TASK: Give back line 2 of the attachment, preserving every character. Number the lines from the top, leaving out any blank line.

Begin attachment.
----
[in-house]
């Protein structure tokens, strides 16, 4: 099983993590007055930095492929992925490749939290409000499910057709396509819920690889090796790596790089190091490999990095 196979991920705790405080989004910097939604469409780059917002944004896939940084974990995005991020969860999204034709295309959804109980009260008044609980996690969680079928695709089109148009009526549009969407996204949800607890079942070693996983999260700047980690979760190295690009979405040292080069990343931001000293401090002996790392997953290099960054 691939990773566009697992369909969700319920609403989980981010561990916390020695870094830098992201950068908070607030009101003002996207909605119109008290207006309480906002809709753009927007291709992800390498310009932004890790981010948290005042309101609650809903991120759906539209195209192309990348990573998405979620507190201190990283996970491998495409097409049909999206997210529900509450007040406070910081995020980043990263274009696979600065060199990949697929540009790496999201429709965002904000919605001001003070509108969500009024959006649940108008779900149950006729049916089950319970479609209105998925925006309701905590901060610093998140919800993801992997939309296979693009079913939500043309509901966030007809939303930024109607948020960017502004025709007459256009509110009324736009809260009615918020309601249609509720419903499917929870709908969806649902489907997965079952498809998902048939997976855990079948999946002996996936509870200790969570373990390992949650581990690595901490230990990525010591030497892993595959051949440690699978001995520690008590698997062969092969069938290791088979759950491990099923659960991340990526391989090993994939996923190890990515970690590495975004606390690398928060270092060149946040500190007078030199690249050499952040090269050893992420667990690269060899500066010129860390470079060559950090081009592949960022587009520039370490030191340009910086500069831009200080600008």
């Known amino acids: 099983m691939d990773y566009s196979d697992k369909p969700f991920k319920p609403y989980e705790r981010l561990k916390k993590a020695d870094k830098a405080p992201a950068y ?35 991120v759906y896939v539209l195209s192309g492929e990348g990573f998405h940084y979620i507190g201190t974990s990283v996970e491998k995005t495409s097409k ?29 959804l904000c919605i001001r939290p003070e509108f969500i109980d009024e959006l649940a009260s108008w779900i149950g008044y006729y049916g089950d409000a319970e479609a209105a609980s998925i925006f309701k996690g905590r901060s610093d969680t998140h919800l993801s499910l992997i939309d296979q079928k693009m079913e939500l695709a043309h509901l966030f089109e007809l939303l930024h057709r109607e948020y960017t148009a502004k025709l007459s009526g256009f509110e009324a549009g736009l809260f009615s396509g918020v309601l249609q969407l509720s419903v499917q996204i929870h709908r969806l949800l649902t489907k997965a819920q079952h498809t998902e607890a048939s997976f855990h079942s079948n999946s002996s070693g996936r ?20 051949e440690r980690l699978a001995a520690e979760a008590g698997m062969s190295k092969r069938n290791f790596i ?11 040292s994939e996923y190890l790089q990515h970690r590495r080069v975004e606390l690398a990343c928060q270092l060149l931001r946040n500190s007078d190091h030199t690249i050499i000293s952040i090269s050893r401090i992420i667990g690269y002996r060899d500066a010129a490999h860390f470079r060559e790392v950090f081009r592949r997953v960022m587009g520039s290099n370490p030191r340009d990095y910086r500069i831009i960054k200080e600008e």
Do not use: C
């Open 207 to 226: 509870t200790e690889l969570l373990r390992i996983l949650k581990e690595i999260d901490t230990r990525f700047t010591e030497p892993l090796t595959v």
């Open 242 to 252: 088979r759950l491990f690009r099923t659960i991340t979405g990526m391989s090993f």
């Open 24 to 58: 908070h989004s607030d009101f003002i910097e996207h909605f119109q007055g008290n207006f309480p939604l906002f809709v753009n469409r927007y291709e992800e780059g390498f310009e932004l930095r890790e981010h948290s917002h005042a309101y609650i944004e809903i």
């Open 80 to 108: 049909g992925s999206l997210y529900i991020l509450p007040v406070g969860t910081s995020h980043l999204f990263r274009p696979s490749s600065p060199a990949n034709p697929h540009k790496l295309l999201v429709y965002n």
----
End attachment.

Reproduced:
């Protein structure tokens, strides 16, 4: 099983993590007055930095492929992925490749939290409000499910057709396509819920690889090796790596790089190091490999990095 196979991920705790405080989004910097939604469409780059917002944004896939940084974990995005991020969860999204034709295309959804109980009260008044609980996690969680079928695709089109148009009526549009969407996204949800607890079942070693996983999260700047980690979760190295690009979405040292080069990343931001000293401090002996790392997953290099960054 691939990773566009697992369909969700319920609403989980981010561990916390020695870094830098992201950068908070607030009101003002996207909605119109008290207006309480906002809709753009927007291709992800390498310009932004890790981010948290005042309101609650809903991120759906539209195209192309990348990573998405979620507190201190990283996970491998495409097409049909999206997210529900509450007040406070910081995020980043990263274009696979600065060199990949697929540009790496999201429709965002904000919605001001003070509108969500009024959006649940108008779900149950006729049916089950319970479609209105998925925006309701905590901060610093998140919800993801992997939309296979693009079913939500043309509901966030007809939303930024109607948020960017502004025709007459256009509110009324736009809260009615918020309601249609509720419903499917929870709908969806649902489907997965079952498809998902048939997976855990079948999946002996996936509870200790969570373990390992949650581990690595901490230990990525010591030497892993595959051949440690699978001995520690008590698997062969092969069938290791088979759950491990099923659960991340990526391989090993994939996923190890990515970690590495975004606390690398928060270092060149946040500190007078030199690249050499952040090269050893992420667990690269060899500066010129860390470079060559950090081009592949960022587009520039370490030191340009910086500069831009200080600008």